Friday Fun – $2000 Moab Challenge

Alright folks, we are back with another Friday Fun Challenge. This week, we are heading to Moab, Utah (virtually) to tackle the 4-wheeling trails. But we aren’t heading there in shiny new, fully capable off-roaders. No, we need to make this interesting.

Your mission is to find a used vehicle currently for sale with an asking price no greater than $2,000 USD ($3,000 CAD or £1,500). It can be whatever you want, but it has to be for sale now and the listed price can’t be any higher than the amount of $2,000 USD.

So what’s it going to be? A big V8 brute? An off-road specialist? Something completely out of left field? Have at it and let us know!

My Pick

I am going to go with an agile, purpose built off-roader that offers a bit more comfort than a Jeep Wrangler. My pick is this diesel, right-hand drive JDM 1991 Mitsubishi Pajero. It has the less desirable automatic transmission, but does have ‘Super Select 4WD’. Plus, there are already hitches mounted front and rear to help drag the Mitsubishi out of the inevitable messes I’ll get myself stuck in.

Or, if I want to change the difficulty level to expert, maybe I’ll grab this 2001 Pontiac Aztek. It is all-wheel drive and all of those exterior stick-on pieces have to make it more capable, right?

TOCA 2 Touring Cars – Total Engrossment

TOCA 2: Touring Cars is one of those rare occurrences of the right game at the right time. Released at the tail end of 1998, it fully took advantage of the racing game frenzy that had been set off by Gran Turismo the year prior. But TOCA 2 was not a Gran Turismo copycat – far from it.

As a sequel to the original TOCA, the game was centered around the British Touring Car Championship (BTCC); specifically, the 1998 season. A storied racing series steeped in decades of history, BTCC was in one of its golden eras in the late 1990s, thanks to fierce competition between several manufacturer backed teams and a roster of legendary drivers.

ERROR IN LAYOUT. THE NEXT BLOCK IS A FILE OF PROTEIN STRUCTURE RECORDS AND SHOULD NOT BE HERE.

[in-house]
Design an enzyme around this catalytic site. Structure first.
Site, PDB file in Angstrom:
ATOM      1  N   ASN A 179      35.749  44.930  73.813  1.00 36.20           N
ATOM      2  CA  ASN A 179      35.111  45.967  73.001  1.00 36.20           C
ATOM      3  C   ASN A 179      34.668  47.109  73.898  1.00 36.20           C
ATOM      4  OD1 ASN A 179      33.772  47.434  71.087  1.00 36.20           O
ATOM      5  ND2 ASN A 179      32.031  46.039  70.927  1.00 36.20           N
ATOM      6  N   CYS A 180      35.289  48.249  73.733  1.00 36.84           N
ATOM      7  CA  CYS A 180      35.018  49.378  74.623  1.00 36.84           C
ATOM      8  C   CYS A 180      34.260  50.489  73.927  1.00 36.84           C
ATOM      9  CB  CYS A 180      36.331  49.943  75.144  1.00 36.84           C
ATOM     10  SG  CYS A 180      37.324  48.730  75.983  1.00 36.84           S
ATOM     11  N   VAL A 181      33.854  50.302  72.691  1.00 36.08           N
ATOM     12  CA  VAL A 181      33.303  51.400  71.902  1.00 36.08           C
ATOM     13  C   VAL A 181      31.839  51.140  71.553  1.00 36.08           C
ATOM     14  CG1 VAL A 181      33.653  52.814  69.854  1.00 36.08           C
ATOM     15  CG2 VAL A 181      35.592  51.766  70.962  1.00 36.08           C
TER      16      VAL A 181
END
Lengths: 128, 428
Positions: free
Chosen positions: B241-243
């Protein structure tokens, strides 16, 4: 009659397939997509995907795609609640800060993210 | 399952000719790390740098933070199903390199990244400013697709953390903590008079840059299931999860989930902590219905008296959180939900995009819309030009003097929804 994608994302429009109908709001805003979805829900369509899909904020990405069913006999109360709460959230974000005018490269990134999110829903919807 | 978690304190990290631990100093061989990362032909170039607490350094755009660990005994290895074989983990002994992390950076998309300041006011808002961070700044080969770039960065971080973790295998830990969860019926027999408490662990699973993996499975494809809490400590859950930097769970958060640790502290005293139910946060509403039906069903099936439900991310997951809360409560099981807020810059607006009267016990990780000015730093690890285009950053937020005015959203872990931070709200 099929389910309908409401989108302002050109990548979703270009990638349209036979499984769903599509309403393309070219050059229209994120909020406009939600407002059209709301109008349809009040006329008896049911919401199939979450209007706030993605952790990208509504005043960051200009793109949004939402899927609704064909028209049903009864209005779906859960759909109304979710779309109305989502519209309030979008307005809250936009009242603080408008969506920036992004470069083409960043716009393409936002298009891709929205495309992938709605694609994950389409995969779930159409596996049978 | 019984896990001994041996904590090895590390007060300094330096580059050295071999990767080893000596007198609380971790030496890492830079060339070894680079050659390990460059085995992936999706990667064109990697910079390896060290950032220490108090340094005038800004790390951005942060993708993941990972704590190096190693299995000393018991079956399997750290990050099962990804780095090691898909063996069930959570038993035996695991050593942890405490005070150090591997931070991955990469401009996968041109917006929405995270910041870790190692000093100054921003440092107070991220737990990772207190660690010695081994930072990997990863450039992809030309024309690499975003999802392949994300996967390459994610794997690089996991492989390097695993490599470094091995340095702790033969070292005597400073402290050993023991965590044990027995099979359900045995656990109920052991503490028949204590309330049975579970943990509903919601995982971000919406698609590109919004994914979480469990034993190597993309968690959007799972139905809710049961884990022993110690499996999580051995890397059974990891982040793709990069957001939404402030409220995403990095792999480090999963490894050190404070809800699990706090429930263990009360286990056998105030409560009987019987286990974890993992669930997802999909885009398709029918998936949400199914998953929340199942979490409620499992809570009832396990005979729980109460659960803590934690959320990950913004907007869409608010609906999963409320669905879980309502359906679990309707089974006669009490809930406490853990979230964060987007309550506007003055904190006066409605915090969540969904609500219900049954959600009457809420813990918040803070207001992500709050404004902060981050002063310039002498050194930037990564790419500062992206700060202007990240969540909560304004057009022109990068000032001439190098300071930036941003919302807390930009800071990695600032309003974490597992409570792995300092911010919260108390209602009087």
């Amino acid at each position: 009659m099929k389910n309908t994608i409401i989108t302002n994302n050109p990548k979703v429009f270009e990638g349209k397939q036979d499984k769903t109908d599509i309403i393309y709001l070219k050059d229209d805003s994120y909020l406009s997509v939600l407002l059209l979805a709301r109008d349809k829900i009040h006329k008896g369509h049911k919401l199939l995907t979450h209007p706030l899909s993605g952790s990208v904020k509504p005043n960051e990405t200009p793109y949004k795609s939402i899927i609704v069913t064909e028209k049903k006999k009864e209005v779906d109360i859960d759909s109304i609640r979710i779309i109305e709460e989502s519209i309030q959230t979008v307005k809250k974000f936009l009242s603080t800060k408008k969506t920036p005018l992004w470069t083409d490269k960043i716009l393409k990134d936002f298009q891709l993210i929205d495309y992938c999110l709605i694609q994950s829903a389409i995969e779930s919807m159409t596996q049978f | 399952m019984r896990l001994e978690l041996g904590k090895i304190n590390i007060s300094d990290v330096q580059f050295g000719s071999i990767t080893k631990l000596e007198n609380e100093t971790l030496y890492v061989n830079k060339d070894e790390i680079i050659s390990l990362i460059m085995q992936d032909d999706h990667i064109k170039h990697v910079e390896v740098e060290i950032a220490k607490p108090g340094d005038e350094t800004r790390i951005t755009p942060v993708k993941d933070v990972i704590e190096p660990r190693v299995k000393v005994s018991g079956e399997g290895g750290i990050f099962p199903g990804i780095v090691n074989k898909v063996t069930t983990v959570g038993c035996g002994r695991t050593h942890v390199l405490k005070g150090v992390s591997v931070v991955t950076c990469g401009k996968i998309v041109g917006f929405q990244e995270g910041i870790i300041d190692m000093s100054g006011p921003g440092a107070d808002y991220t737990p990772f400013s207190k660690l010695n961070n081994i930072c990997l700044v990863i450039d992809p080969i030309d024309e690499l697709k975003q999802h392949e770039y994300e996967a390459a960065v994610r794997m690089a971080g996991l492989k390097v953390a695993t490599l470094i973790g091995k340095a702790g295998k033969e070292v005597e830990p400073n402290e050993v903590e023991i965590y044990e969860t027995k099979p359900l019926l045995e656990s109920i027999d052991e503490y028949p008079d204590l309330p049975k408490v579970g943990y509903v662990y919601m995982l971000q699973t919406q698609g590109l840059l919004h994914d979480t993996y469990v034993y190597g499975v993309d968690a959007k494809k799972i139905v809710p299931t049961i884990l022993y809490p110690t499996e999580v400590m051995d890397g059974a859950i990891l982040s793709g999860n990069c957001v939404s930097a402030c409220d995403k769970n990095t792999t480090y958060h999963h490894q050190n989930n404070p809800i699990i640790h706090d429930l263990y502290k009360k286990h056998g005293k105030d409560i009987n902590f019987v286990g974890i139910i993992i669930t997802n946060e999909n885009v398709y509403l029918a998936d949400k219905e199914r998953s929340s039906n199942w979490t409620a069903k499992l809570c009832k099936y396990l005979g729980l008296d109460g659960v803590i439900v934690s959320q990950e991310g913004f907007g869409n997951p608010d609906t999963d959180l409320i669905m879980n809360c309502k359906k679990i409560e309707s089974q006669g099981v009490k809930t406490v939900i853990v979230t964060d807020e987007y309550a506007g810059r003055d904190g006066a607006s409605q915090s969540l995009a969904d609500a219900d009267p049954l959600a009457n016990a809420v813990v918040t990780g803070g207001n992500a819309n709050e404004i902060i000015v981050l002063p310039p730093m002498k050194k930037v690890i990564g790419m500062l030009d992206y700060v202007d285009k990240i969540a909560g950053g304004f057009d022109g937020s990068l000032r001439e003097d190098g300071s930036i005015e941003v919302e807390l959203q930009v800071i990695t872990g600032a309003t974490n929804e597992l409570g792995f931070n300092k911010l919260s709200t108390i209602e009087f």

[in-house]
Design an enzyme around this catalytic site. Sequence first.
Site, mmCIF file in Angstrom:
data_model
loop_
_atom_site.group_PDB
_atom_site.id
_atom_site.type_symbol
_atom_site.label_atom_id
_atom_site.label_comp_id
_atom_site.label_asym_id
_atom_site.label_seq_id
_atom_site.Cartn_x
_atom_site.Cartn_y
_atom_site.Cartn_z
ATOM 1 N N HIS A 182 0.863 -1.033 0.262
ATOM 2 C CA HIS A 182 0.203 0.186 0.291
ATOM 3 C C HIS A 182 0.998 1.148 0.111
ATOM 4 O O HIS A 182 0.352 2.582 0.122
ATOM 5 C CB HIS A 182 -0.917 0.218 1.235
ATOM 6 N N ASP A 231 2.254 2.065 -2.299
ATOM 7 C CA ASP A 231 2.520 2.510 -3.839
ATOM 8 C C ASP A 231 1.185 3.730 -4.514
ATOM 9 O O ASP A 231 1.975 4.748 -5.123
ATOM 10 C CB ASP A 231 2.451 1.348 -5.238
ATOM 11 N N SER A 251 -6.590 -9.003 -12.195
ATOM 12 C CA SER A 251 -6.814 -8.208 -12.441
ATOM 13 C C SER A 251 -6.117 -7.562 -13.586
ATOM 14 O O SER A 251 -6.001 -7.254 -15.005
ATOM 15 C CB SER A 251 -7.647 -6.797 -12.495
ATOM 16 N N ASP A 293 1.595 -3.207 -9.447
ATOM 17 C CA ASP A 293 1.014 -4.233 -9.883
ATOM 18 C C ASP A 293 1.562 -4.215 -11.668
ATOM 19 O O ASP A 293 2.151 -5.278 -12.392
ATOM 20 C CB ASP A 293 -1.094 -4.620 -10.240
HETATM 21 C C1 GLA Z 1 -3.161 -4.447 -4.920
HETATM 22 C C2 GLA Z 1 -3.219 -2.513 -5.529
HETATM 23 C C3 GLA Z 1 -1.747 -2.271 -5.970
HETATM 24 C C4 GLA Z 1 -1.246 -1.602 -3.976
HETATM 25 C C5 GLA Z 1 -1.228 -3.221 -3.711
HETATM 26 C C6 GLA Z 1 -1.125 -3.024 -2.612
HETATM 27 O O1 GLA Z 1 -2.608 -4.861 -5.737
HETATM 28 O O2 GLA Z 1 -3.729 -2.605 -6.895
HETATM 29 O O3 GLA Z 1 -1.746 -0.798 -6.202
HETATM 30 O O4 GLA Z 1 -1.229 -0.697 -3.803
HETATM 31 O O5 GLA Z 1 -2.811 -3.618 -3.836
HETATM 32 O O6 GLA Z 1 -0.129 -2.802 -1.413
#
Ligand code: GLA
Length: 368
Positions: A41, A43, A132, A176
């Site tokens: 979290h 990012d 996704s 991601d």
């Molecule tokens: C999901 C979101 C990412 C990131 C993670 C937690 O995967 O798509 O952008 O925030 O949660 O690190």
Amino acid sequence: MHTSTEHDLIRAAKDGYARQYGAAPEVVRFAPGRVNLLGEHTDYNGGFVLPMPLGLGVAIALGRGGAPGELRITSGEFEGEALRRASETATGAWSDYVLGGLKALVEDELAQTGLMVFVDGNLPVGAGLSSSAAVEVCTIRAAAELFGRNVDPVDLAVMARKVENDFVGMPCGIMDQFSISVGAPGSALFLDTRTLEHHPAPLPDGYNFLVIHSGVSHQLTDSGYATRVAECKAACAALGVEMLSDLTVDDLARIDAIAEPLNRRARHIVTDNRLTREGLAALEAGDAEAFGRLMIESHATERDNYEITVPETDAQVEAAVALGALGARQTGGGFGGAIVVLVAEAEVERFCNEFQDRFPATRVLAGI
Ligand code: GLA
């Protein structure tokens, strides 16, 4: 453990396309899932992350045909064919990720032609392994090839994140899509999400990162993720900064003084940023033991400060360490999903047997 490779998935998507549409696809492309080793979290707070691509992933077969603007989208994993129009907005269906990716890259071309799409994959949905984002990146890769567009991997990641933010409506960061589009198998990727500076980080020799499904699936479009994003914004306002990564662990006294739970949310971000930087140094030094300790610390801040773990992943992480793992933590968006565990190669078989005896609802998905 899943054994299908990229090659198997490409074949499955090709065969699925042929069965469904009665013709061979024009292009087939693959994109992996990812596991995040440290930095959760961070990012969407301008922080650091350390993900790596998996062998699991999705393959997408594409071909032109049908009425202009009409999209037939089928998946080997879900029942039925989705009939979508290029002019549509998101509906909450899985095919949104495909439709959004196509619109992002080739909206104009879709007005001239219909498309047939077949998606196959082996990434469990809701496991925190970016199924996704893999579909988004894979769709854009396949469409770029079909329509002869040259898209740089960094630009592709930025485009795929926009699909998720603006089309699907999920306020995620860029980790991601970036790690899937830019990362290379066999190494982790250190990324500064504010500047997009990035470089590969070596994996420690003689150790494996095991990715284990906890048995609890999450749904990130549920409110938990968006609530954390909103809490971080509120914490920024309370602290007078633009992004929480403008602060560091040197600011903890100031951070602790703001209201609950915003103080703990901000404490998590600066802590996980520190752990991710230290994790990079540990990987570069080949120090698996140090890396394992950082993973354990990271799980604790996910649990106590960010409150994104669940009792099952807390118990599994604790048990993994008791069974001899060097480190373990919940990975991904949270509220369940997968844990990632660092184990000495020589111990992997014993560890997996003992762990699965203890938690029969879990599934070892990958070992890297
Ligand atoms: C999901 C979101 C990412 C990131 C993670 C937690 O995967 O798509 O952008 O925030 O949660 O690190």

With everything already going for it, Codemasters could have just mailed in the effort behind TOCA 2 and probably still had a sales success. But instead, the company crafted one of the greatest racing games of its time.

Realism Aplenty

Released for the original PlayStation and PC, the game included all the real cars, drivers, and tracks from the 1998 season (minus of course some privateer teams). Icons of the sport were in-game like Alain Menu, Jason Plato, and Rickard Rydell.

Each driver was assigned to their proper team and car. Those who grew up watching BTCC in the ‘90s will remember many of the cars fondly. Included was the Audi A4 with its classic grey paint job and giant angled red rings down the side. The Renault Laguna, winner of the 1997 championship, and Volvo S40, winner of the 1998 championship were also there. The manufacturer’s championship winning Nissan Primera as well as the Vauxhall Vectra, Ford Mondeo, Honda Accord, and Peugeot 406 rounded out the group.

The Main Championship mode took place on real life circuits like Silverstone, Thruxton, Oultan Park and Brands Hatch. It even followed the actual 1998 BTTC schedule as far as I can remember. This meant two races per weekend event and a one-lap qualifying shootout. Throughout the season points were collected for both the driver’s championship as well as the manufacturer’s championship.

More Than Just BTCC

But TOCA 2 was expanded to include other cars outside of the main BTCC entries. There were support series cars such as the Ford Fiesta and Formula Ford. They could each be raced through their own Support Car Championships. The Fiesta races were a great way to get familiar with the game’s dynamics in slower, more controllable cars while the Formula Fords required more precision to drive.

It was also possible to do challenges on various fantasy tracks piloting high-performance machinery like the AC Superblower, Jaguar XJ220, Lister Storm, and TVR Speed 12. It was a bit random to include these cars compared to the core purpose of this game, but maybe it was a way to broaden the overall appeal and add a little variety.

Great Gameplay